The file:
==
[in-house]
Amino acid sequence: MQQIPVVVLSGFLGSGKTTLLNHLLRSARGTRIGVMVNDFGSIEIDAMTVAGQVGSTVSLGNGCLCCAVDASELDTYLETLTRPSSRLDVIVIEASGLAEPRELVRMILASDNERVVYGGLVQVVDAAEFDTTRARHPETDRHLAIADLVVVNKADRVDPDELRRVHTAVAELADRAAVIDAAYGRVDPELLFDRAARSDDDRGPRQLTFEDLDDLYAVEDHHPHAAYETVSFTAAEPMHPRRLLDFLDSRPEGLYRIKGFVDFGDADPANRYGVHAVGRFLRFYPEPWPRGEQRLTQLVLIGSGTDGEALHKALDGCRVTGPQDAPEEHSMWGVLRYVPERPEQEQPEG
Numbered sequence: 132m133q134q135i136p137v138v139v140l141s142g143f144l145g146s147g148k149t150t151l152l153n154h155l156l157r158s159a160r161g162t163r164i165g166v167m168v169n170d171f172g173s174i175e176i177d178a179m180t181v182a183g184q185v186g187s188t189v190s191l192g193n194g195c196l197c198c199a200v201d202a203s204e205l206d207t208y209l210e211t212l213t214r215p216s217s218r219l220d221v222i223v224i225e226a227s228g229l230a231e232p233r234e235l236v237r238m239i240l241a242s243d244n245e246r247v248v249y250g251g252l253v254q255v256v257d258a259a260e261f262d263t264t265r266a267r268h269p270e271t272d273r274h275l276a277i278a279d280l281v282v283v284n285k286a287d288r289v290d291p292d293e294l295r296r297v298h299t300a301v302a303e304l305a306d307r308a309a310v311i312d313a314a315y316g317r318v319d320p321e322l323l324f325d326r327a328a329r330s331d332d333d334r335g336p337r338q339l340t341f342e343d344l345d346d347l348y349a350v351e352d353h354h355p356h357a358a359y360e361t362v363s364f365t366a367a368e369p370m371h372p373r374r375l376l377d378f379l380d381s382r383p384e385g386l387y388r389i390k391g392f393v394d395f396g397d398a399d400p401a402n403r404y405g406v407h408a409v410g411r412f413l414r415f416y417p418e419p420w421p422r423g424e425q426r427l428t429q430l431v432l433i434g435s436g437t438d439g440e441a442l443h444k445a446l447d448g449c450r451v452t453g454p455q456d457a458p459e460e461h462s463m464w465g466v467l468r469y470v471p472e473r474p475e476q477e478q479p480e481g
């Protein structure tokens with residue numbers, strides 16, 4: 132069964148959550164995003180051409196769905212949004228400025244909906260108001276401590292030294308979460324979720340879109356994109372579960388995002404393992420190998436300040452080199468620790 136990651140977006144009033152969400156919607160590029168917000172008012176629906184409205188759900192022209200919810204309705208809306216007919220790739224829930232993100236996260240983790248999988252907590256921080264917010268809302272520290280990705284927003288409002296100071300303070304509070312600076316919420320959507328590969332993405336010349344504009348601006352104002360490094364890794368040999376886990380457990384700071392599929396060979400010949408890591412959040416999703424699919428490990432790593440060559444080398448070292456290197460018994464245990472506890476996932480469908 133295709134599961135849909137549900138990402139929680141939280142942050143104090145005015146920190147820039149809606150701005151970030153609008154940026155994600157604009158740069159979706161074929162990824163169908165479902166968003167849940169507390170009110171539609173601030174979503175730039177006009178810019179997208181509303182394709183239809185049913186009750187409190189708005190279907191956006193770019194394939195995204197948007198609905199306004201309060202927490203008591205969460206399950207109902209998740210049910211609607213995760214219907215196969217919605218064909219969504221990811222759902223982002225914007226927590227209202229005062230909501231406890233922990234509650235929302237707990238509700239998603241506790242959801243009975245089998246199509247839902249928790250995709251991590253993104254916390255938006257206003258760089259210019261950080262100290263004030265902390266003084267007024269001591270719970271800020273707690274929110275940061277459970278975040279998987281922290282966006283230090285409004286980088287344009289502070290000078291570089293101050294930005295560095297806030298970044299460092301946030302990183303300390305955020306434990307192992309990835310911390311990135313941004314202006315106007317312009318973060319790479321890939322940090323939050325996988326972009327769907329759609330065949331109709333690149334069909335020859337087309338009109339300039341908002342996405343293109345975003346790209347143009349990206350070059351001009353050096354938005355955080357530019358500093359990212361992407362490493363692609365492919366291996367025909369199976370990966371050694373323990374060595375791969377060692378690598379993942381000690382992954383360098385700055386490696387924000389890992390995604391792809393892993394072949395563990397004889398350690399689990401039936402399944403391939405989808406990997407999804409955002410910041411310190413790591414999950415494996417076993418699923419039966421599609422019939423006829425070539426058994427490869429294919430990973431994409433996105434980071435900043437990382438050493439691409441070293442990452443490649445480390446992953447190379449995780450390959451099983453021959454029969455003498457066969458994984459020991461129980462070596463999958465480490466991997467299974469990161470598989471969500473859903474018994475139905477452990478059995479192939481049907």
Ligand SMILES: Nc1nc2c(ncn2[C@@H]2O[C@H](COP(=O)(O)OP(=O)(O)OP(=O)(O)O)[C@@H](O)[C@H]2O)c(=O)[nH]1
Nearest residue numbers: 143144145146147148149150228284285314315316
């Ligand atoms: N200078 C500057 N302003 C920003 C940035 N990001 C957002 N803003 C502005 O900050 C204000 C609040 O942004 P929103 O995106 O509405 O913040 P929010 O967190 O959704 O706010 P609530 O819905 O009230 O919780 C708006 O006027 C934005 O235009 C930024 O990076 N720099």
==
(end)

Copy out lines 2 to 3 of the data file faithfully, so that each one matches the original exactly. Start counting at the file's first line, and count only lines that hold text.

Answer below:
Amino acid sequence: MQQIPVVVLSGFLGSGKTTLLNHLLRSARGTRIGVMVNDFGSIEIDAMTVAGQVGSTVSLGNGCLCCAVDASELDTYLETLTRPSSRLDVIVIEASGLAEPRELVRMILASDNERVVYGGLVQVVDAAEFDTTRARHPETDRHLAIADLVVVNKADRVDPDELRRVHTAVAELADRAAVIDAAYGRVDPELLFDRAARSDDDRGPRQLTFEDLDDLYAVEDHHPHAAYETVSFTAAEPMHPRRLLDFLDSRPEGLYRIKGFVDFGDADPANRYGVHAVGRFLRFYPEPWPRGEQRLTQLVLIGSGTDGEALHKALDGCRVTGPQDAPEEHSMWGVLRYVPERPEQEQPEG
Numbered sequence: 132m133q134q135i136p137v138v139v140l141s142g143f144l145g146s147g148k149t150t151l152l153n154h155l156l157r158s159a160r161g162t163r164i165g166v167m168v169n170d171f172g173s174i175e176i177d178a179m180t181v182a183g184q185v186g187s188t189v190s191l192g193n194g195c196l197c198c199a200v201d202a203s204e205l206d207t208y209l210e211t212l213t214r215p216s217s218r219l220d221v222i223v224i225e226a227s228g229l230a231e232p233r234e235l236v237r238m239i240l241a242s243d244n245e246r247v248v249y250g251g252l253v254q255v256v257d258a259a260e261f262d263t264t265r266a267r268h269p270e271t272d273r274h275l276a277i278a279d280l281v282v283v284n285k286a287d288r289v290d291p292d293e294l295r296r297v298h299t300a301v302a303e304l305a306d307r308a309a310v311i312d313a314a315y316g317r318v319d320p321e322l323l324f325d326r327a328a329r330s331d332d333d334r335g336p337r338q339l340t341f342e343d344l345d346d347l348y349a350v351e352d353h354h355p356h357a358a359y360e361t362v363s364f365t366a367a368e369p370m371h372p373r374r375l376l377d378f379l380d381s382r383p384e385g386l387y388r389i390k391g392f393v394d395f396g397d398a399d400p401a402n403r404y405g406v407h408a409v410g411r412f413l414r415f416y417p418e419p420w421p422r423g424e425q426r427l428t429q430l431v432l433i434g435s436g437t438d439g440e441a442l443h444k445a446l447d448g449c450r451v452t453g454p455q456d457a458p459e460e461h462s463m464w465g466v467l468r469y470v471p472e473r474p475e476q477e478q479p480e481g